What do you make of the emphasis on the pure Adamic language? This wasn’t always associated with Mormon glossolalia but seems to crop up from time to time. I’ve not heard of other Christians associating tongues with “Adamic” language.

    Comment by John Turner — June 9, 2008 @ 2:33 pm

  7. John, Samuel Brown, who sometimes comments here has done the best work on that. I can connect you with him if you don’t have his contact. Shoot me an email.

    Comment by J. Stapley — June 9, 2008 @ 2:36 pm

  8. Got the email, Jo[h]n. This is a fascinating area that deserves further research. I’m revising an article that encompasses this within the broader quest for pure language. A very early version of the paper was presented at Sunstone Symposium in 2007. I also treat this in my book manuscript on early Mormon death culture (the other main identified source of glossolalia was American Indian languages, which in complex ways, early Mormons saw as arising from and preserving fossils of the Adamic language).

    I have started collecting material for a book to work on after the death history that looks at the uses of charisma and reason within a drastic permutation of Common Sense in earliest Mormonism and intended to include a more thorough treatment of glossolalia there when I get to it.

    and re: your ? in 6, remember that for most Christians the “tongue of angels” was the language spoken in Eden, so they are generally saying the same thing with different words. The main difference being the much broader valence of “Adamic” per se in earliest Mormonism.

    Comment by Samuel Brown — June 9, 2008 @ 3:19 pm

  9. History of the Church, Vol 1, page 297, in the footnote, it describes what appears to be the origin of praying in tongues in the church. It says it started in one of the Pennsylvania branches, then Mendon, then Kirtland, then Zion.

    In the paragraph above it (in the same footnote), it gives Brigham Young’s account of praying in tongues in the presence of Joseph Smith in Kirtland. The surprise of the other brethren present, and their inquiry of the Prophet implies that the gift was previously unknown in Kirtland.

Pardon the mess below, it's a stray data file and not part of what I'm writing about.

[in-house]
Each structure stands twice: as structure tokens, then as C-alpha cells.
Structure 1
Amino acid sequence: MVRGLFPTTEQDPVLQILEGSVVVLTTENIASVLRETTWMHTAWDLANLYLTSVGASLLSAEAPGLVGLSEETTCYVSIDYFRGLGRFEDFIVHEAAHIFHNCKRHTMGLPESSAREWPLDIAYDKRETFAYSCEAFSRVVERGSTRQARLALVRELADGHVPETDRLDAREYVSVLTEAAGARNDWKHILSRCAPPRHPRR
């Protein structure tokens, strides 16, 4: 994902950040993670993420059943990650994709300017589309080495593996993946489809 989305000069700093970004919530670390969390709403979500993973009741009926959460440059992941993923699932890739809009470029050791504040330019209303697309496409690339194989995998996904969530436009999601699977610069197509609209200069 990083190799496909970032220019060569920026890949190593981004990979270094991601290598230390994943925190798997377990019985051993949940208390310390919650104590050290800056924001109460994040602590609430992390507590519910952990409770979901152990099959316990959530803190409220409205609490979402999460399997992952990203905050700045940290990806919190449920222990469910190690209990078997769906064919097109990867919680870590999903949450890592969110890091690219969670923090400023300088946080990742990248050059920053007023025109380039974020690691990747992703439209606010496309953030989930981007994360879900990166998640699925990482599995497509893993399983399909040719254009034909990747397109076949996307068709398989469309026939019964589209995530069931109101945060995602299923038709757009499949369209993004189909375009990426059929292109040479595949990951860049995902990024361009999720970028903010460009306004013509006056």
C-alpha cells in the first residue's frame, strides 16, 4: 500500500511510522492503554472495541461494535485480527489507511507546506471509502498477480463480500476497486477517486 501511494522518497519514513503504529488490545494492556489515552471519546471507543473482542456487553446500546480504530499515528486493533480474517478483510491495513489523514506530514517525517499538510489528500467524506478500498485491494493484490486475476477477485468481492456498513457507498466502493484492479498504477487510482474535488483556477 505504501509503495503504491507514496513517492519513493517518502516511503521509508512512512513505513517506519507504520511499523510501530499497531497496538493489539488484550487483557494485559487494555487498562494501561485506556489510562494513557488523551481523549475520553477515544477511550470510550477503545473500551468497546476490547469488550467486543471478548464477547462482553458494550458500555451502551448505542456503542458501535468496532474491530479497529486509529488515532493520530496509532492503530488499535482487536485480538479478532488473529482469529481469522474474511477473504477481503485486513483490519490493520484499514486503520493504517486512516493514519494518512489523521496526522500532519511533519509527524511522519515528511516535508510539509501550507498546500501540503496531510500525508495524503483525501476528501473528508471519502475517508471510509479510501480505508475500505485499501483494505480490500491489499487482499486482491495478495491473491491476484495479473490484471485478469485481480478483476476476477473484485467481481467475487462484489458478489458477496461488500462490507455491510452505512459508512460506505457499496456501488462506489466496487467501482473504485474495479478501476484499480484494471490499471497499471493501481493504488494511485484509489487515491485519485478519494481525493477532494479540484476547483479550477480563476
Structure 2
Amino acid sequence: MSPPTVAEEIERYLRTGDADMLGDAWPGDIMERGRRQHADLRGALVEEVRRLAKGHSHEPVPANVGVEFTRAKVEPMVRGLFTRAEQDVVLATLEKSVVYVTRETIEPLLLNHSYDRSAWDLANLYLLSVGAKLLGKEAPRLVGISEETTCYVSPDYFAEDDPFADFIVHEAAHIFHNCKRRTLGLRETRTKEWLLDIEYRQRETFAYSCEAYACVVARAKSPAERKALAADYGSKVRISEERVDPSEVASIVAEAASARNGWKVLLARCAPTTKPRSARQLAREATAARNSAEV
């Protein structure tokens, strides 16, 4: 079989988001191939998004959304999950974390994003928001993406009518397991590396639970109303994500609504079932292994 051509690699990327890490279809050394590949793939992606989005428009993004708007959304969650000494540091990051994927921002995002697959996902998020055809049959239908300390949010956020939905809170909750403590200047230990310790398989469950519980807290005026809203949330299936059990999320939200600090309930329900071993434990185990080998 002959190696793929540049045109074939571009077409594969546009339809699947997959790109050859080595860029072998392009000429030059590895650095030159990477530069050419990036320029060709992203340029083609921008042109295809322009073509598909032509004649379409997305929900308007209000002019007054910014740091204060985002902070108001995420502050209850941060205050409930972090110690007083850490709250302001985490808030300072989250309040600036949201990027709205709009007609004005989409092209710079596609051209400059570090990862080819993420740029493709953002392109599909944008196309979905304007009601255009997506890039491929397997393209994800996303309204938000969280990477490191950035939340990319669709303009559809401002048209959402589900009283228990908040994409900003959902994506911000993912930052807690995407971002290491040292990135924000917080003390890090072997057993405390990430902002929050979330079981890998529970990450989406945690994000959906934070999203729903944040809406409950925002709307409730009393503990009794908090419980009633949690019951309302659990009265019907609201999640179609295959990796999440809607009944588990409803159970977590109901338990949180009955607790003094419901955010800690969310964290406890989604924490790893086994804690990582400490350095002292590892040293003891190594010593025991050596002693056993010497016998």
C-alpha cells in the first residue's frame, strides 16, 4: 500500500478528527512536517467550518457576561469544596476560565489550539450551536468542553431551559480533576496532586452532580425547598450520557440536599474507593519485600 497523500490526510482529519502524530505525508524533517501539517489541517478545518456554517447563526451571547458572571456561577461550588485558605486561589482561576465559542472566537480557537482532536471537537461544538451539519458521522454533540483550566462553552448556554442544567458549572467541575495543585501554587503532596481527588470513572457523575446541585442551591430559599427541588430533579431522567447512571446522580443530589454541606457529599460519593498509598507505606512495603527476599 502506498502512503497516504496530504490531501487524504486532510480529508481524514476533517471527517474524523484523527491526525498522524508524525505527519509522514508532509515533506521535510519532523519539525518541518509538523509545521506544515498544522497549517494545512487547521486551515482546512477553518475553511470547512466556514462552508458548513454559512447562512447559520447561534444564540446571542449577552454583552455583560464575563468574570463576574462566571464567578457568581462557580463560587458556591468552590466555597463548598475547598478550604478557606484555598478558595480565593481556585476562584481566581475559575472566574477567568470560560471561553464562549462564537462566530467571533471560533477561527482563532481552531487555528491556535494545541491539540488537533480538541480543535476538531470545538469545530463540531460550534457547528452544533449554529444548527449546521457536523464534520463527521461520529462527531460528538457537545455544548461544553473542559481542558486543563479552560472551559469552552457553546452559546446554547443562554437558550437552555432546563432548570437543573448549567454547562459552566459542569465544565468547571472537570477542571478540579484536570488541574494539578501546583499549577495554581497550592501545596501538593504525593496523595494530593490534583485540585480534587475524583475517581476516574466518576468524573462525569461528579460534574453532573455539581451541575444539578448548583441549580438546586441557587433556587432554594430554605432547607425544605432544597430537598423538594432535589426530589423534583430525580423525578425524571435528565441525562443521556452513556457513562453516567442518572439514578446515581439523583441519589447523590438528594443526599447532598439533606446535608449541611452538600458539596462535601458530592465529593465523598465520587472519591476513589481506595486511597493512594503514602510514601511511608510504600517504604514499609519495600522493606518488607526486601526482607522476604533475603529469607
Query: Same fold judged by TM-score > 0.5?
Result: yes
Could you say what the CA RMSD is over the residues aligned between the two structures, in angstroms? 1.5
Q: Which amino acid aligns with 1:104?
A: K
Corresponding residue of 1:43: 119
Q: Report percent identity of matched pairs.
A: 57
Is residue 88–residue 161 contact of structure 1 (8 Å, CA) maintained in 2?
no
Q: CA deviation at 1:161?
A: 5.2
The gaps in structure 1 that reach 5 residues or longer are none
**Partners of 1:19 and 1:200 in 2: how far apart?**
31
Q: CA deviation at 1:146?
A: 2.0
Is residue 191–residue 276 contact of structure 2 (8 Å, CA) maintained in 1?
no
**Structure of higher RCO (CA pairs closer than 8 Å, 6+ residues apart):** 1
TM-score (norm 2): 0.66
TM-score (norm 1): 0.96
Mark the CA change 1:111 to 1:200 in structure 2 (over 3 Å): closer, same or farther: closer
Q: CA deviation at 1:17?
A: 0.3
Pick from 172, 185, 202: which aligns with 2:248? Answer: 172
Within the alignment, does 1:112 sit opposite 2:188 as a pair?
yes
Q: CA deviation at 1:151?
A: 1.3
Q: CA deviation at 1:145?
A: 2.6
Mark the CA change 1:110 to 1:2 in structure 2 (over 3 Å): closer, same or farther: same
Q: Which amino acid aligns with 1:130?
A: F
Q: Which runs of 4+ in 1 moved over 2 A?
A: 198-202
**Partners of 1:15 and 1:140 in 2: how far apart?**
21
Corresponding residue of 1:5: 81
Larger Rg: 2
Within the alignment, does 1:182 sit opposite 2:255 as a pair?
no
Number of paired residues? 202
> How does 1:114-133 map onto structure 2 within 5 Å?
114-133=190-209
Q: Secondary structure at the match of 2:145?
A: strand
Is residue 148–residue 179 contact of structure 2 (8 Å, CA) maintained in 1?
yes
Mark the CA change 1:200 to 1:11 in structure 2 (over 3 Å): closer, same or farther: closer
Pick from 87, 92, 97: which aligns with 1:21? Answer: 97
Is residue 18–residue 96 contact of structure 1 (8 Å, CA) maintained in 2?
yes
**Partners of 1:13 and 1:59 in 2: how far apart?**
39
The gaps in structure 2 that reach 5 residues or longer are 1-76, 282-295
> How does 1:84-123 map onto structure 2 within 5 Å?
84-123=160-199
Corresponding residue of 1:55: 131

Greater detail can probably be found in the reference used for Brigham’s account, Millennial Star, vol xxv, page 439.

    The Book of Mormon gives a reference for the “tongue of angels” as used for worship in 2 Nephi 31:13:

    “…then shall ye receive the Holy Ghost; yea, then cometh the baptism of fire and of the Holy Ghost; and then can ye speak with the tongue of angels, and shout praises unto the Holy One of Israel. ”

    The gift of tongues as used in prayer and worship (as opposed to preaching to someone in their native language), both in private and in groups, was later de-emphasized because its purpose and use was so easily misunderstood, and it was sometimes mishandled and falsely imitated by well-meaning believers and by the adversary.

    2 Nephi 31:13 does make pretty clear that the “tongue of angels” can be used for praise/worship, but also seems to tie it into being filled with the Holy Ghost, and not something that people can turn on entirely at their own will.

    Comment by Bookslinger — July 16, 2009 @ 11:37 am

  10. Brigham’s praying in tongues, as described in History of the Church, vol 1, page 297, may have been the first occurrence of that spiritual gift in a group setting in Kirtland. And it may also have been possible, maybe likely, that Joseph Smith had previously received the same gift in private, and had merely not advertised or documented it.

    I think it likely that the “tongue of Angels”, aka the Adamic language, is what we all spoke in the pre-mortal existence. It seems a logical deduction. It would seem a great gift then, partially withdrawing the veil from the individual and allowing the person to do what he/she did in the pre-mortal existence, and what angels have been observed doing by prophets in their visions, “shout praises unto the Holy One of Israel.”

    Comment by Bookslinger — July 16, 2009 @ 11:47 am